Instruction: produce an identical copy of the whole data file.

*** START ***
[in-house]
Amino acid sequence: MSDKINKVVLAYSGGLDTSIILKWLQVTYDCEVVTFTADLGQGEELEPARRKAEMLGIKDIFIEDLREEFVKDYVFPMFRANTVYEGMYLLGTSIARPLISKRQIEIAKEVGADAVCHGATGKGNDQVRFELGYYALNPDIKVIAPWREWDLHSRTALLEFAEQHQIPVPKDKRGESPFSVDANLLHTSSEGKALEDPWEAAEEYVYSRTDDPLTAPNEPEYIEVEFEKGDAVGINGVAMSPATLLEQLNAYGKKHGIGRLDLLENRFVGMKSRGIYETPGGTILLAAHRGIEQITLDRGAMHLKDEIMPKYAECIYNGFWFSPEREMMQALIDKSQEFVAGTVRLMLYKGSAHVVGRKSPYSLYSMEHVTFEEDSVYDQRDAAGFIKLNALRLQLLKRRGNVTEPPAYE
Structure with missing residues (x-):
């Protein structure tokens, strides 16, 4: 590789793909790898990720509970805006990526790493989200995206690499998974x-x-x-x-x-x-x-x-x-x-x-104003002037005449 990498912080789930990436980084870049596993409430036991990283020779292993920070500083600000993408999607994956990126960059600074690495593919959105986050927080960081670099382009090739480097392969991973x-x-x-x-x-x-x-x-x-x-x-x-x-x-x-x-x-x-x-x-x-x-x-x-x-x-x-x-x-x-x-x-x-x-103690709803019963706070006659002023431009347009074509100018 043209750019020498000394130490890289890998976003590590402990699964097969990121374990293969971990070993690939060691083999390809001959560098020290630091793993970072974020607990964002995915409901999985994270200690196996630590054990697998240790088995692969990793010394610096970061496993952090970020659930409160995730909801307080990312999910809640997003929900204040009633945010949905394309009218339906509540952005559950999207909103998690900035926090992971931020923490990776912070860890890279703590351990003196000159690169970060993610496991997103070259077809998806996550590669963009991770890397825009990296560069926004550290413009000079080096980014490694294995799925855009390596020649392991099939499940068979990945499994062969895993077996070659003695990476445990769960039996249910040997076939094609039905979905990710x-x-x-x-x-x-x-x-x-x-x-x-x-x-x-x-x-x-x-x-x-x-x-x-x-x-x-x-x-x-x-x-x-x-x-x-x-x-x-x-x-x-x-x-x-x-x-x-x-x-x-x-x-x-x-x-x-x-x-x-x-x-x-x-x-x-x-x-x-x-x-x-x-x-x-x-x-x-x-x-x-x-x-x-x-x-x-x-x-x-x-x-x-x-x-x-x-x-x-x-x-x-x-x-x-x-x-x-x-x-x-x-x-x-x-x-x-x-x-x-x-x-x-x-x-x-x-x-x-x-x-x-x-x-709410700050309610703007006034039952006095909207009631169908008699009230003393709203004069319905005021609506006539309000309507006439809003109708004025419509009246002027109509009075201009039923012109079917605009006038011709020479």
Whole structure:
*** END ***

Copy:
[in-house]
Amino acid sequence: MSDKINKVVLAYSGGLDTSIILKWLQVTYDCEVVTFTADLGQGEELEPARRKAEMLGIKDIFIEDLREEFVKDYVFPMFRANTVYEGMYLLGTSIARPLISKRQIEIAKEVGADAVCHGATGKGNDQVRFELGYYALNPDIKVIAPWREWDLHSRTALLEFAEQHQIPVPKDKRGESPFSVDANLLHTSSEGKALEDPWEAAEEYVYSRTDDPLTAPNEPEYIEVEFEKGDAVGINGVAMSPATLLEQLNAYGKKHGIGRLDLLENRFVGMKSRGIYETPGGTILLAAHRGIEQITLDRGAMHLKDEIMPKYAECIYNGFWFSPEREMMQALIDKSQEFVAGTVRLMLYKGSAHVVGRKSPYSLYSMEHVTFEEDSVYDQRDAAGFIKLNALRLQLLKRRGNVTEPPAYE
Structure with missing residues (x-):
């Protein structure tokens, strides 16, 4: 590789793909790898990720509970805006990526790493989200995206690499998974x-x-x-x-x-x-x-x-x-x-x-104003002037005449 990498912080789930990436980084870049596993409430036991990283020779292993920070500083600000993408999607994956990126960059600074690495593919959105986050927080960081670099382009090739480097392969991973x-x-x-x-x-x-x-x-x-x-x-x-x-x-x-x-x-x-x-x-x-x-x-x-x-x-x-x-x-x-x-x-x-x-103690709803019963706070006659002023431009347009074509100018 043209750019020498000394130490890289890998976003590590402990699964097969990121374990293969971990070993690939060691083999390809001959560098020290630091793993970072974020607990964002995915409901999985994270200690196996630590054990697998240790088995692969990793010394610096970061496993952090970020659930409160995730909801307080990312999910809640997003929900204040009633945010949905394309009218339906509540952005559950999207909103998690900035926090992971931020923490990776912070860890890279703590351990003196000159690169970060993610496991997103070259077809998806996550590669963009991770890397825009990296560069926004550290413009000079080096980014490694294995799925855009390596020649392991099939499940068979990945499994062969895993077996070659003695990476445990769960039996249910040997076939094609039905979905990710x-x-x-x-x-x-x-x-x-x-x-x-x-x-x-x-x-x-x-x-x-x-x-x-x-x-x-x-x-x-x-x-x-x-x-x-x-x-x-x-x-x-x-x-x-x-x-x-x-x-x-x-x-x-x-x-x-x-x-x-x-x-x-x-x-x-x-x-x-x-x-x-x-x-x-x-x-x-x-x-x-x-x-x-x-x-x-x-x-x-x-x-x-x-x-x-x-x-x-x-x-x-x-x-x-x-x-x-x-x-x-x-x-x-x-x-x-x-x-x-x-x-x-x-x-x-x-x-x-x-x-x-x-x-709410700050309610703007006034039952006095909207009631169908008699009230003393709203004069319905005021609506006539309000309507006439809003109708004025419509009246002027109509009075201009039923012109079917605009006038011709020479």
Whole structure: